How a futuristic $2 billion sports hall will help the Clippers in the battle for LA hoops



INGLEWOOD, Calif. — Steve Ballmer, wearing a black construction helmet and yellow safety vest, stands in a cavernous area where the Intuit Dome loading dock will be.

Even though the area is uneven ground right now, the LA Clippers owner knows the layout. Ballmer, who visits the site monthly, outlines where the visiting team’s locker room will be and makes sure to mention a detail in the design plans for the Clippers’ new home.

“As you know, there are back rooms in [Crypto.com Arena that connect locker rooms] between visitors,” Ballmer told ESPN during a tour of the Inglewood construction site in late July.

“Yeah, we don’t want that. I’ll just say that. And that ? We don’t want corridors between locker rooms.

Sorry, Chris Paul, but the NBA’s richest owner spares no detail when it comes to his $2 billion+ privately funded arena, slated to open in the 2024-25 season. . Footing the bill, Ballmer has his fingerprints all over what will be Inglewood’s last modern sports hall – located across from the $5 billion-plus SoFi stadium – with an entrance on everything from the LED sign in the shape of a halo from 38,375 square feet to the 640 toilets (twice as many as any other arena) down to inches of space between fans’ knees and the seat in front of them.

Ballmer has spent billions on the Clippers’ present and future. He has built an organization ready to compete for the Championship this season with Kawhi Leonard set to return from an ACL injury. The Clippers, however, aren’t just trying to compete with 29 other teams for a title. They must live and play in a city that has long been a purple and gold city.

Ballmer is trying to change that, even if it means planting the Clippers logo in as much sidewalk as possible. Recently, he and his wife, Connie, celebrated renovating 350 public basketball courts, each with a Clippers logo on them, so that current and future generations can play in Los Angeles. And now it’s just a few years away from giving the franchise its first real home in Southern California, a futuristic LA landmark that will be designed to give fans every comfort in hopes of developing a real edge over the ground.

“I think it will be so cool,” Ballmer said when asked if he could have ever imagined the Clippers having their own home after sharing a building in a city that leans heavily towards the Los Angeles Lakers. . “And it has to be. You said it was a Lakers town. No. [It’s a] Laker Clipper [town].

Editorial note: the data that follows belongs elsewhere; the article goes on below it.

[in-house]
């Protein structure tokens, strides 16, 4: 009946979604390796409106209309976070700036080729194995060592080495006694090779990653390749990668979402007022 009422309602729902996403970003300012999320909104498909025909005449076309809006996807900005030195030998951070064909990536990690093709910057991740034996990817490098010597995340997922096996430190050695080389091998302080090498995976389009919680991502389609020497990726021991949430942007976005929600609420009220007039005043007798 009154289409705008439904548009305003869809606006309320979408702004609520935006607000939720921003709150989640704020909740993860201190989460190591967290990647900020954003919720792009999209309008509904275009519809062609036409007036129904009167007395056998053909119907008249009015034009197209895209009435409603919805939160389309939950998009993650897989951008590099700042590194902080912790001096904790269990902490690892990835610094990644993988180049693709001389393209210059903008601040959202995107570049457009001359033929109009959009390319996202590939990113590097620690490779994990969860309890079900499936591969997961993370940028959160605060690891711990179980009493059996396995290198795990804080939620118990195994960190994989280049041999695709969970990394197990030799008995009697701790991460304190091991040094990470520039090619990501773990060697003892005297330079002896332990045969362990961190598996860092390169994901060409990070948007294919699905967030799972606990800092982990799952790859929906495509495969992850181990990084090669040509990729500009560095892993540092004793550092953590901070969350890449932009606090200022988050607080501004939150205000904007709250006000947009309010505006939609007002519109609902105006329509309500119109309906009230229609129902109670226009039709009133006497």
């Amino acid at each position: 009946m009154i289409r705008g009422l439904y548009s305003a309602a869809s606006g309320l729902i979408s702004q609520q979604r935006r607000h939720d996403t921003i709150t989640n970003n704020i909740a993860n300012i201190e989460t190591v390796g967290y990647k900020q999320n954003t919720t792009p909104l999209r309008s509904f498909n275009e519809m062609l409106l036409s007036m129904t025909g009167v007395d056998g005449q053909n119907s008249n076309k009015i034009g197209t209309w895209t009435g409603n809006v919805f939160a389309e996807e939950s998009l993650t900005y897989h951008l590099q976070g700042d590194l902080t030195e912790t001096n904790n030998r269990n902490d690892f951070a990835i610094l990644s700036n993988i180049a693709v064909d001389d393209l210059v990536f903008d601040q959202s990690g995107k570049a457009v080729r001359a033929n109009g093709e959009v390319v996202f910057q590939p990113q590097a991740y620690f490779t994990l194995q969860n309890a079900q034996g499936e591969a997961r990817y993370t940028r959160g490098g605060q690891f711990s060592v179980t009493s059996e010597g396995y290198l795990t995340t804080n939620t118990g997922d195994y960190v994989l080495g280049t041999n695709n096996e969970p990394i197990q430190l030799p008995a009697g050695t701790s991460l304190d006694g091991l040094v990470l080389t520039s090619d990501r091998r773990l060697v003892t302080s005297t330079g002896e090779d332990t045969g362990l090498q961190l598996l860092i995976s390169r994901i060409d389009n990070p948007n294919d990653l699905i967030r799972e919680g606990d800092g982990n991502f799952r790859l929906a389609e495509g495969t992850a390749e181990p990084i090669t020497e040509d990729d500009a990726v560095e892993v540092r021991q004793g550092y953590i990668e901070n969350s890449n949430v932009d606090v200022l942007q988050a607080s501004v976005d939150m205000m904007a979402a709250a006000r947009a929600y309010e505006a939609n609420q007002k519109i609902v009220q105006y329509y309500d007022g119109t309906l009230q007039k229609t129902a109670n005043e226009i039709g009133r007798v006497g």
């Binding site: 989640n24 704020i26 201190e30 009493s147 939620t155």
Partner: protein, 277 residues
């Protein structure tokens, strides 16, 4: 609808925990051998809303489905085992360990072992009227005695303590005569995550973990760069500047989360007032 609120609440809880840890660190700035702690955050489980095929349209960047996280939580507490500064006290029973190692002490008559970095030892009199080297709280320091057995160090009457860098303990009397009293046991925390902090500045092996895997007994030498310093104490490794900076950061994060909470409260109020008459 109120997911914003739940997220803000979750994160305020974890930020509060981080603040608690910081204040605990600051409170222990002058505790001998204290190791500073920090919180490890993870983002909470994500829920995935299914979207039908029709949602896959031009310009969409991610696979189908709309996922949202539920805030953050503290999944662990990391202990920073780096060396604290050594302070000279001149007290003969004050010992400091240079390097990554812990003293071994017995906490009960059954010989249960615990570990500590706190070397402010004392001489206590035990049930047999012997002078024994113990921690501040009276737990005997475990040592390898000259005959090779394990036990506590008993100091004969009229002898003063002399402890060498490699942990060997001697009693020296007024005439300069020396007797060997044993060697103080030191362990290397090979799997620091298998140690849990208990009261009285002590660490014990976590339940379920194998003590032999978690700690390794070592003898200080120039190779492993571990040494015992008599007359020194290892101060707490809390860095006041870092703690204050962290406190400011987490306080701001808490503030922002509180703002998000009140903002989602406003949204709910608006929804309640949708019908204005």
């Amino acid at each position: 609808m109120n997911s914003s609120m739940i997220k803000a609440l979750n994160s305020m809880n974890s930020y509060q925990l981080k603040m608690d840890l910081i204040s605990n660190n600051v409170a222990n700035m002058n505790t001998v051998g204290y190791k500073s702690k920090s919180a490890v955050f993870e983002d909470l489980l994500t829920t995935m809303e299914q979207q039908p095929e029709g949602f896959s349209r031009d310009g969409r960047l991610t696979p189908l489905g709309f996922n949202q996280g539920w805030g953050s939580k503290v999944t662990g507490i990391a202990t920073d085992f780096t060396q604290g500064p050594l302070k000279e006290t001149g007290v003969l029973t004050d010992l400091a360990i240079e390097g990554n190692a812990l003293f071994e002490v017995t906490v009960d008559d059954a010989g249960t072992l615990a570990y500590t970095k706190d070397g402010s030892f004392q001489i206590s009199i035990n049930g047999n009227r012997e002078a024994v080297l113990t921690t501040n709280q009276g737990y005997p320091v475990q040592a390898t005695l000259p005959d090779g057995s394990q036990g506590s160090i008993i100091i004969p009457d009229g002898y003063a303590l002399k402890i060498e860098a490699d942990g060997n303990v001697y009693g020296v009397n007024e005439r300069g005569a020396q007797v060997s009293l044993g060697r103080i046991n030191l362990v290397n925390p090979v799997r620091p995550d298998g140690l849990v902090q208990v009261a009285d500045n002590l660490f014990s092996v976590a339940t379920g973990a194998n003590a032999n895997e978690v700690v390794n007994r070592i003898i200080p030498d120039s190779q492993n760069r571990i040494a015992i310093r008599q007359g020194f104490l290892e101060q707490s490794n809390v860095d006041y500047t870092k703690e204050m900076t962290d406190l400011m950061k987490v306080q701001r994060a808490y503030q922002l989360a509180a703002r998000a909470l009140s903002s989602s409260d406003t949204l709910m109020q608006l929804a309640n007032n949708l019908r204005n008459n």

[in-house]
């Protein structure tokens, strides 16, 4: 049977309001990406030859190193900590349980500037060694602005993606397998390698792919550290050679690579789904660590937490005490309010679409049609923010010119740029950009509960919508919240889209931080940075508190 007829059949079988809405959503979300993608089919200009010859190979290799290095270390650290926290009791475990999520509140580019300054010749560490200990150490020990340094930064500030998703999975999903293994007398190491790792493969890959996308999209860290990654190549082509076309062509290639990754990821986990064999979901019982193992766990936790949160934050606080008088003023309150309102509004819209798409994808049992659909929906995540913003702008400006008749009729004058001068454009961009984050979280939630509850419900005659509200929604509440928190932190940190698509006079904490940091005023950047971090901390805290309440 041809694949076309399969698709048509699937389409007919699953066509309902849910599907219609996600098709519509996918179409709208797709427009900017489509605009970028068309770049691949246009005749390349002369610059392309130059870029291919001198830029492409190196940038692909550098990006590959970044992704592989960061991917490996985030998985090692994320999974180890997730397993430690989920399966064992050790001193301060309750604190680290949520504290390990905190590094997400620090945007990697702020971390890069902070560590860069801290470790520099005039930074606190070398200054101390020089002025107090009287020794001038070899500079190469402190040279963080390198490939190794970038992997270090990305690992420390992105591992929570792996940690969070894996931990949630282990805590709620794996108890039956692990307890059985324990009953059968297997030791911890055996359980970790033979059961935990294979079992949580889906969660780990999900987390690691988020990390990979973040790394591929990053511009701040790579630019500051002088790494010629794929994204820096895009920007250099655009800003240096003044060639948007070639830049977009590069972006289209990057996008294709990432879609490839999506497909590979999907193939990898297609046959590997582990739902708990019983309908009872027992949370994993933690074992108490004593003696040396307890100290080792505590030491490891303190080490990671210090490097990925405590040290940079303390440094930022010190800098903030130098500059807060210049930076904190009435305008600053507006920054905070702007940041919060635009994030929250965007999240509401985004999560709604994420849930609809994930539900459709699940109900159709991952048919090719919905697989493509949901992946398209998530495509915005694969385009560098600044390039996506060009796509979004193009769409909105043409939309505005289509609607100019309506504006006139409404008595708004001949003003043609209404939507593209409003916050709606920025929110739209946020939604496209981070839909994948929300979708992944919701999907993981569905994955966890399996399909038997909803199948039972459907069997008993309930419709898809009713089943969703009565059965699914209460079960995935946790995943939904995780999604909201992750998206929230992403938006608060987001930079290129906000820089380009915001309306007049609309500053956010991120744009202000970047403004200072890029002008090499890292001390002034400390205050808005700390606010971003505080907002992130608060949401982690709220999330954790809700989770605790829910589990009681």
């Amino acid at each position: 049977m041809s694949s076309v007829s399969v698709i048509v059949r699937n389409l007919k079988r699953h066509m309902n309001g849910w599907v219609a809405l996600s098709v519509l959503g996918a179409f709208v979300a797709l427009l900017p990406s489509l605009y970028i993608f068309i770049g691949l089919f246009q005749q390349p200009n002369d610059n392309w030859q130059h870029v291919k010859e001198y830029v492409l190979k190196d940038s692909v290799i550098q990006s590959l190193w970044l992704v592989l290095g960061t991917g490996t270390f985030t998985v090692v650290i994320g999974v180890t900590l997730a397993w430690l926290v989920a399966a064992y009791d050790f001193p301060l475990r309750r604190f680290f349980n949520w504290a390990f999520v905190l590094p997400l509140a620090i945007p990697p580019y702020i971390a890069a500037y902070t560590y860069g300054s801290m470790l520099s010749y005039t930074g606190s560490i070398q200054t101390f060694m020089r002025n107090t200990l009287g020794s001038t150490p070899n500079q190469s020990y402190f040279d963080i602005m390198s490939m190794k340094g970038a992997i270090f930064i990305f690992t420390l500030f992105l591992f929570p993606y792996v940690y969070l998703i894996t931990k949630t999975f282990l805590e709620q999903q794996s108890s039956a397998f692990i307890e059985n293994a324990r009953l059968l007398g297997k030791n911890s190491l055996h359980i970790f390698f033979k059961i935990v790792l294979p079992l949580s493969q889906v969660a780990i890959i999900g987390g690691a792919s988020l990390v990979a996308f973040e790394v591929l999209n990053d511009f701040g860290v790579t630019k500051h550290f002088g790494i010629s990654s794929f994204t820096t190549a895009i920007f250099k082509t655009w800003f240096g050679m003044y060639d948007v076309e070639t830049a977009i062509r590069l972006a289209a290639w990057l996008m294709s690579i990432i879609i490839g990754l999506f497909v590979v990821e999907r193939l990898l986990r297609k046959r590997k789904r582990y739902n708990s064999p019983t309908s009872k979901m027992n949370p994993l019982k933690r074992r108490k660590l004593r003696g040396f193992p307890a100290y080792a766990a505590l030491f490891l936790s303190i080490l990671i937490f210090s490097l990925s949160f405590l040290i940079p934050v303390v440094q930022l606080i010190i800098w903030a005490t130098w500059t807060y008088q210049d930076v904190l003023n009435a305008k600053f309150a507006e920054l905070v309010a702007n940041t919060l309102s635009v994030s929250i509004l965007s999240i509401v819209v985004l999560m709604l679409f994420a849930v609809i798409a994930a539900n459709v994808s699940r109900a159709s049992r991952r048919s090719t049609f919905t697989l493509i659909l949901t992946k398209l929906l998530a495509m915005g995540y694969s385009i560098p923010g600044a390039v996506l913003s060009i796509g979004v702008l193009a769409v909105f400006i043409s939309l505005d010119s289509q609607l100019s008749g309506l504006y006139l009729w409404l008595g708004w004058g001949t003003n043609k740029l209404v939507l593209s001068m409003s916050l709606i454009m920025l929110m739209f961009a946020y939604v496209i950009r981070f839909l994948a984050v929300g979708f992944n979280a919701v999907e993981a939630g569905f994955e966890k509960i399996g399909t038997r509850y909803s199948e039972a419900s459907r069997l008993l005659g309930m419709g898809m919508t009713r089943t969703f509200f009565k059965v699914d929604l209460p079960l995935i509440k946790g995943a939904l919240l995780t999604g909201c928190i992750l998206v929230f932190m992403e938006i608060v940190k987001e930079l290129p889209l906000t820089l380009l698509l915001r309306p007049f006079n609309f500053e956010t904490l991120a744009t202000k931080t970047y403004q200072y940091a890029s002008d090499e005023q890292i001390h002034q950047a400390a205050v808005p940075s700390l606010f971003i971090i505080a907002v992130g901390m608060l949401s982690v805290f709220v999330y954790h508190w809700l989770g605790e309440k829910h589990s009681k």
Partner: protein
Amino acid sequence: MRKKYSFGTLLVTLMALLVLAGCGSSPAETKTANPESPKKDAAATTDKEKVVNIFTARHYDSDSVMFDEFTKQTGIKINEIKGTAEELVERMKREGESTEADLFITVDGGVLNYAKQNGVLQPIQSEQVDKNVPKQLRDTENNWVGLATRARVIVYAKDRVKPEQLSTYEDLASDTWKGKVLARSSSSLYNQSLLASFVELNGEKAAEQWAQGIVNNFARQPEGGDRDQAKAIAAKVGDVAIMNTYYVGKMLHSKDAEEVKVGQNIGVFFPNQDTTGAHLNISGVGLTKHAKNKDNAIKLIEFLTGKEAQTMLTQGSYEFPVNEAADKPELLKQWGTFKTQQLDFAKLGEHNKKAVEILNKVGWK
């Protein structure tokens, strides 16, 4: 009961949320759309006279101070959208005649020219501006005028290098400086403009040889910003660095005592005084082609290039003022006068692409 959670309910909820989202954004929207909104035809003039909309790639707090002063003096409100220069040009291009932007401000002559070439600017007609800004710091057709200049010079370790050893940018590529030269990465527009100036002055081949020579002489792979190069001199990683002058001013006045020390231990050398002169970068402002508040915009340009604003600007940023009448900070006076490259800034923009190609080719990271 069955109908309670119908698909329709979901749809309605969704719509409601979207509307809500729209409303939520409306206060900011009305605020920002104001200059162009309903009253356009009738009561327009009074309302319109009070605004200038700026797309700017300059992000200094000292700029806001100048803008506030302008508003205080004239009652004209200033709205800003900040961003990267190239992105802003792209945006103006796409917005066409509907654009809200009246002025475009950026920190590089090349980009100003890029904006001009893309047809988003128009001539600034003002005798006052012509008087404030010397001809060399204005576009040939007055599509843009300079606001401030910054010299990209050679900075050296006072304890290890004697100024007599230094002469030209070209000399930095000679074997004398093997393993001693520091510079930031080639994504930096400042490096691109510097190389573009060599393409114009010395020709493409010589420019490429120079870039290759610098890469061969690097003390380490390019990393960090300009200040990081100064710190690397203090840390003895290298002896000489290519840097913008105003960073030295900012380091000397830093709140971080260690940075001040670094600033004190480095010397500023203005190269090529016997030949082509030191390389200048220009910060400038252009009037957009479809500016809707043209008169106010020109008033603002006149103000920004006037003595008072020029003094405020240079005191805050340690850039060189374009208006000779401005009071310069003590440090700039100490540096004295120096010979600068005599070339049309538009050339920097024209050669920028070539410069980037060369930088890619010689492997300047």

“And one day I want to be able to say Clipper-Laker [town].”

The famous Ballmer gets so excited during matches that he rips his shirt off. So it’s a good thing he’s wearing a helmet on this tour, because the giddy Clippers owner can barely keep his feet up when he talks about his new award – designed to be second to none.

“It’s another statement that goes, ‘Hey look, we’re nobody’s little brother,'” Ballmer said. “We are a real team.


WHILE THE CONCRETE the foundation of the frame is in, there is an area where the steel beams rise up and out. Here there is a black and white sign to indicate the landmark of one of Ballmer’s favorite features – “The Wall”.

Ballmer likes to call it “the wall of sound,” where 5,000 fans will fill 51 unbroken rows to give the Intuit Dome a student section field feel. The Clippers even brought in sound experts from The Forum — which Ballmer bought for $400 million from the Madison Square Garden Company to pave the way for building the Intuit Dome — to improve the acoustics and make The Wall just as great. of a home advantage as possible.

Ballmer has been reviewing digital renders of The Wall, but now he can see it come to life. At the bottom of the wall is the outline of a baseline marked in green where the basketball court is supposed to be drawn into the dirt floor.

Looking up at the steel girders, Ballmer envisions what he wants to see and hear not just from the 18,000 fans who will be in attendance, but from that specific area.

“You’re just looking 51 rows up, you’re literally standing up here,” Ballmer says, pointing up from the baseline where his courtside seat will be under a basket.

“Clips! Ballmer shouts, deepening his voice. “‘Let’s Go Clips!'”